Relics Offers Futuristic Look at the Present


Starting Friday, you will have a chance to take a veritable time machine to a world 300 years in the future. All you need to do is take one of the two elevators to the ninth floor of the Guthrie Theater.

There, a team of artists and performers will present Relics. The conceit? You are attending a gala opening for a new exhibit centered on recently uncovered artifacts from the far-flung past: 2014, to be exact.

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"We are looking at things that we, as a society, hold as sacred," says Nick Golfis, who has led the art side of the project.

That means things like iPhones, tanning beds, and the other debris of modern first-world life will be on display, complete with a possible future's interpretation of what they meant.

The concept started as a fine-art show, but it soon spread to the performing parts. Part of the idea is to show other uses for the Dowling Studio space, Golfis says.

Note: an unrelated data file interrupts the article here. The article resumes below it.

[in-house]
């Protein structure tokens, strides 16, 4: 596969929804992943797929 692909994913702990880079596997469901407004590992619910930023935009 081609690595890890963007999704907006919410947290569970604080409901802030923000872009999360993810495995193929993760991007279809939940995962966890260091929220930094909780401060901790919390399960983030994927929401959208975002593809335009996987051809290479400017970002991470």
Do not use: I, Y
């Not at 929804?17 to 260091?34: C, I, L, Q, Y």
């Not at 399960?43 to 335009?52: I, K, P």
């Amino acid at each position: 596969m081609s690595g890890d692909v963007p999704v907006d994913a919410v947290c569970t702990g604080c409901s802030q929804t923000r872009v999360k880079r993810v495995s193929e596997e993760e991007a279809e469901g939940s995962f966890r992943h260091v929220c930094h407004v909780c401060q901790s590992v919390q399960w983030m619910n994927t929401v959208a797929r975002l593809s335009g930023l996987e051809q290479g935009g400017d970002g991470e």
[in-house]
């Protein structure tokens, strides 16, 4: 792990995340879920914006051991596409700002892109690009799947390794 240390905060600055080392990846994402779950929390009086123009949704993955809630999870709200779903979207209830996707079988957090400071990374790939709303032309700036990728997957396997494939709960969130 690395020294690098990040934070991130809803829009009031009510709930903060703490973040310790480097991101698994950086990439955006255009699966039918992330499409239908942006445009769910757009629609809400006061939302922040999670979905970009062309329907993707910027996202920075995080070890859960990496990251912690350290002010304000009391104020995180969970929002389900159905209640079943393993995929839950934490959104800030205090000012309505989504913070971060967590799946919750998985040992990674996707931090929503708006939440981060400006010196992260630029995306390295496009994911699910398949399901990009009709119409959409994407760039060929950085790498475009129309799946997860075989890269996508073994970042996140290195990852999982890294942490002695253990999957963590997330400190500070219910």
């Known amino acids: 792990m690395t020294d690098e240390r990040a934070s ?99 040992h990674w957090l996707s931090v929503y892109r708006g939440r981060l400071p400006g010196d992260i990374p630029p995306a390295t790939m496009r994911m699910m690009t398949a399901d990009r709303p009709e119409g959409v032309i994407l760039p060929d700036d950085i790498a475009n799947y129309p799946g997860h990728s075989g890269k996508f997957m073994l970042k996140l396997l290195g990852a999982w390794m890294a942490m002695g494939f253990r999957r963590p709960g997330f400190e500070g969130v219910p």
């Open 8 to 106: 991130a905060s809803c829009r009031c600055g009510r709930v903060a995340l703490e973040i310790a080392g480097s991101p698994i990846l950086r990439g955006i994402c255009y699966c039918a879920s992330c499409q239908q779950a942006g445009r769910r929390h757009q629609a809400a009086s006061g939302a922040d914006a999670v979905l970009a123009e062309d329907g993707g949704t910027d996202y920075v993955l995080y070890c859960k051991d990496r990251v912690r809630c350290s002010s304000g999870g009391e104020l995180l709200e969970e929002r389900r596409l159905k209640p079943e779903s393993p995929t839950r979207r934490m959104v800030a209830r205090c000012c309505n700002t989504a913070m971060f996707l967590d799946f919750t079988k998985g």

"You get off the elevators, and immediately the event is surrounding you," says co-conspirator Sarah Agnew.

The tone and subject matter appealed to Chantal Pavageaux, the third key player in the project. "I like any kind of dystopian future. There are so many different ways this could go. It felt full of possibilities."

You can think of Relics as a kind of haunted house, except that the goal isn't exactly to scare the audience. "It infiltrates your skin," Pavageaux says.

"We want it to be a mystery. It evolves and unlocks itself as you go through the experience. There are interactive portions of it. You can choose to submit or just walk by," Golfis says.

"People are never forced to do anything," Pavageaux adds. "And you won't be singled out. We want the audience to feel welcomed."

There is a story woven into the various exhibits and the events of the opening gala. Some of that came as the performing group explored the world they created and found places to build on. "There are two different philosophical camps of people [in Relics] who are in conflict. A lot of our story comes from these two groups," Golfis says.

Ultimately, the creators of Relics hope audiences may pause a bit after seeing the show. "We hope people will look at their key chain or their phone, and think about the things they saw," Pavageaux says.


Relics Friday through November 23 7:30 p.m. Tuesdays through Saturdays; 7 p.m. Sundays. Additional 9 p.m. performances scheduled for multiple evenings. Guthrie Theater 818 S. 2nd St., Minneapolis $22-$30 For tickets and more information, call 612.377.2224 or visit online.